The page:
28 November 2011, People’s Daily Online, China

Thats one reason Fatih Birol — the Turkish-born chief economist of the International Energy Agency (IEA) — has one of the toughest jobs in the world. Birol helps put together the IEAs annual World Energy Outlook, a much anticipated report that gathers trends in global energy use and tries to project them into the future. And a lot of those trends are very worrying. The IEA has said that current global-energy-consumption patterns put the earth on a trajectory to warm by nearly 11°F (6°C) above preindustrial levels by 2100 if we do nothing to change them — climate change that would in effect mean an entirely different planet. "That would be a catastrophe for all of us," Birol said last week at a talk at the Council on Foreign Relations in New York City.

28 November 2011, Platts

Fatih Birol, chief economist at the IEA, told Reuters that one in two of all hybrid cars or cars powered with natural gas or electricity will be sold in China in the next 20 years, even without a binding climate agreement. The Paris-based IEA expects Chinas electricity demand to grow by a yearly average of 4 percent to reach 9,000 terawatt hours by 2035. This is 18 times the consumption of a country like France and a tripling of Chinas 2009 consumption levels. "It will significantly bring down the cost of wind turbines and PV solar modules," Birol said in a telephone interview. "This is good news for China and the rest of the world." The IEA however expects Chinas renewable energy capacity in its energy mix to remain below Latin Americas, the European Unions, Indias and the United States by 2035, it said in its 2011 World Energy Outlook (WEO).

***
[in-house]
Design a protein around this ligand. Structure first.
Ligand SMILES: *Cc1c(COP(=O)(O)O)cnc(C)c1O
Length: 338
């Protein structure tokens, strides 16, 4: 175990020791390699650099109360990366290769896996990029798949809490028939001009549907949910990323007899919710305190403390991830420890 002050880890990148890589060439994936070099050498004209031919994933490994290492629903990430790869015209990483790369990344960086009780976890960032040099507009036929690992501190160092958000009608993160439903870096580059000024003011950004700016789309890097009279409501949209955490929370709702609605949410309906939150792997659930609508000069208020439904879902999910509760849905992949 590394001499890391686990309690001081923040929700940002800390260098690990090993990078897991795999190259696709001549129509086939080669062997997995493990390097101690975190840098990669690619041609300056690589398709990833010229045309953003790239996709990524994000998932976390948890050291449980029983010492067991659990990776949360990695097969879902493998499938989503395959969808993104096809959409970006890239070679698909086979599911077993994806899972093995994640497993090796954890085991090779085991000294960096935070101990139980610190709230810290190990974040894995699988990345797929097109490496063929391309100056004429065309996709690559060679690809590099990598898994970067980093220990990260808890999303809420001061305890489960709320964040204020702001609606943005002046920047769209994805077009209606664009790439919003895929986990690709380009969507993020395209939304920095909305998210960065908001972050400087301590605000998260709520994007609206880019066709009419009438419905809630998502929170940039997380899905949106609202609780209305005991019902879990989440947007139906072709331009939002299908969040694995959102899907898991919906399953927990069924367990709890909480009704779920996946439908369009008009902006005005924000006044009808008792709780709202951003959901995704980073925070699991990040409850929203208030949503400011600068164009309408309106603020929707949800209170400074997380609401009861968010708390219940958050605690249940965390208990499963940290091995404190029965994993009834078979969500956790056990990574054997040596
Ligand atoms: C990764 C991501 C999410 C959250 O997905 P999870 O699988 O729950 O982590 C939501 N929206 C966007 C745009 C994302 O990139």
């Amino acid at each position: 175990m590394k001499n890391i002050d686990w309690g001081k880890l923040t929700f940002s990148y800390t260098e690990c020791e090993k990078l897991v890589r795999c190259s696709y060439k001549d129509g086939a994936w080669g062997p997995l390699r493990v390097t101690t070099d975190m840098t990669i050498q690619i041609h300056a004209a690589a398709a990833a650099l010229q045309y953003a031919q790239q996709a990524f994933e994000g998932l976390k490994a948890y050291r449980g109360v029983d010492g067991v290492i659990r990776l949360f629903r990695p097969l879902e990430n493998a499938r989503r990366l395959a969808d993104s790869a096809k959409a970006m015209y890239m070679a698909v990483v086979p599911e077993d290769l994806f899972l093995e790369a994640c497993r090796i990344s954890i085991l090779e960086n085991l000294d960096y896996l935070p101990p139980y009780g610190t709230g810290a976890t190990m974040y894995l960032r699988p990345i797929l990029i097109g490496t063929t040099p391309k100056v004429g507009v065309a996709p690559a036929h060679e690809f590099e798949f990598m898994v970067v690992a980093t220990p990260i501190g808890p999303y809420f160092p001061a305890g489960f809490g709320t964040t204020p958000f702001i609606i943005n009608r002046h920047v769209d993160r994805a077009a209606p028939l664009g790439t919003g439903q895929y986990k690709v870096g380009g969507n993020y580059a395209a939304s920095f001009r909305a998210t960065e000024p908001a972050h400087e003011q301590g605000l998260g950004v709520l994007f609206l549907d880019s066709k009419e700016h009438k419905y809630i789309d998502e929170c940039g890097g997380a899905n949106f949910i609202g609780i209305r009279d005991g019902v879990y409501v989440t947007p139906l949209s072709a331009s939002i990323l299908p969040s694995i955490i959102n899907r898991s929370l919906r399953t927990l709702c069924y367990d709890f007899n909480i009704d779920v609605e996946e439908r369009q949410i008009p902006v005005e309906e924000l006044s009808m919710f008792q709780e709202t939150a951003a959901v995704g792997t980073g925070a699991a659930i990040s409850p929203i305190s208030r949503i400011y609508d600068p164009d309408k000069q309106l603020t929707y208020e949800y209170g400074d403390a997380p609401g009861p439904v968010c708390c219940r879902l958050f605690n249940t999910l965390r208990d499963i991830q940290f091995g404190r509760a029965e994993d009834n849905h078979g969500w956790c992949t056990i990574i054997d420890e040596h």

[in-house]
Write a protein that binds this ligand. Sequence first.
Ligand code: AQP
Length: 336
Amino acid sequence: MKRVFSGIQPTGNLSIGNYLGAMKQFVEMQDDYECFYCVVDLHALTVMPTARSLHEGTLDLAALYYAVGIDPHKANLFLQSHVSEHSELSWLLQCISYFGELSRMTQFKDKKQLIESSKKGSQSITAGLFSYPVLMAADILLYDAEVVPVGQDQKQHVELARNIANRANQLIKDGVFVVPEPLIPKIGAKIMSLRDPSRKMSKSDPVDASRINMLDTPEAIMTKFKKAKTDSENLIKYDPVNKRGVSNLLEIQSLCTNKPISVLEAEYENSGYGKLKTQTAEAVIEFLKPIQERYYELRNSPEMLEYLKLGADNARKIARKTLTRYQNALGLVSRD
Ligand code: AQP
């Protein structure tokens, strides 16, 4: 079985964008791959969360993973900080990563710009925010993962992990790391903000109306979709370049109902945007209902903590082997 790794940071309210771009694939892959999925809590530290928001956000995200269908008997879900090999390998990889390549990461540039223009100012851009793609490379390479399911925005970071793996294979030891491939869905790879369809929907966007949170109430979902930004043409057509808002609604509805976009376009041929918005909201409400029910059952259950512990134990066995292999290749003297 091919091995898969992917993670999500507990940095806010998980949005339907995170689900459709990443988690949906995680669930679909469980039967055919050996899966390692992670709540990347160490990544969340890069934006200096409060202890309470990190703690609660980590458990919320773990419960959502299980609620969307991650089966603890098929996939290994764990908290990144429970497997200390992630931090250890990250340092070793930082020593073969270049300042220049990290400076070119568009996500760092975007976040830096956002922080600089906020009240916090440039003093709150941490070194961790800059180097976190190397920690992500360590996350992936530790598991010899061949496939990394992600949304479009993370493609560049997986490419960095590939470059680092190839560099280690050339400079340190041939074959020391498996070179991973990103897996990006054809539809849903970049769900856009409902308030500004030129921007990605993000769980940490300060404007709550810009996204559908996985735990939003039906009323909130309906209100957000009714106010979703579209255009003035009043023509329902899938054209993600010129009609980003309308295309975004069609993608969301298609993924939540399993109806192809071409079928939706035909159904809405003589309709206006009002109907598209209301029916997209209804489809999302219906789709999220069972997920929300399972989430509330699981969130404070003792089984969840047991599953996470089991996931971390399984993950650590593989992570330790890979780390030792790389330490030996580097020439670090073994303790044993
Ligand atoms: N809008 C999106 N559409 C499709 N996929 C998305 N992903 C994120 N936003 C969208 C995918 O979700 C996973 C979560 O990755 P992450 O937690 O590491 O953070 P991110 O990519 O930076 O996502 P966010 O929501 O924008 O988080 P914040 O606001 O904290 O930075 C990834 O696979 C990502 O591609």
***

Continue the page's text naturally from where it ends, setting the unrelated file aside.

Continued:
27 November 2011, Financial Times

The International Energy Agency (IEA) echoed a similar view in its World Energy Outlook published in November, predicting that over the next 25 years, 90 per cent of the projected growth in global energy demand will come from non-Organisation for Economic Co-operation and Development member countries. China alone is expected to account for more than 30 per cent. Fatih Birol, IEA’s chief economist, has warned that more than 90 per cent of growth in oil production needs to come in the Middle East and north Africa because of the decline in output from fields in other parts of the world. Read the full article on the FT site (registration required).

26 November 2011, Regulación Eólica con Vehículos Eléctricos, Spain

The chief economist for the International Energy Agency said Monday that current global energy consumption levels put the Earth on a trajectory to warm by 6 degrees Celsius (10.8 degrees Fahrenheit) above pre-industrial levels by 2100, an outcome he called “a catastrophe for all of us.” Fatih Birol spoke as as delegates from nearly 200 countries convened the opening day of annual U.N. climate talks in Durban, South Africa. “Everybody, even the schoolchildren, knows this is a catastrophe for all of us,” he said at the Carnegie Endowment for International Peace. Birol spoke in unusually blunt terms about the climate implications of the global energy mix, implications that are disputed by many conservatives in the United States who don’t believe in the connection between human activity and climate change. David Burwell, who directs the energy and climate program at the Carnegie Endowment, said Birol’s comments have “big implications for capital investment in energy,” though he noted that it will be oil executives and others in the private sector who will drive many of the key decisions.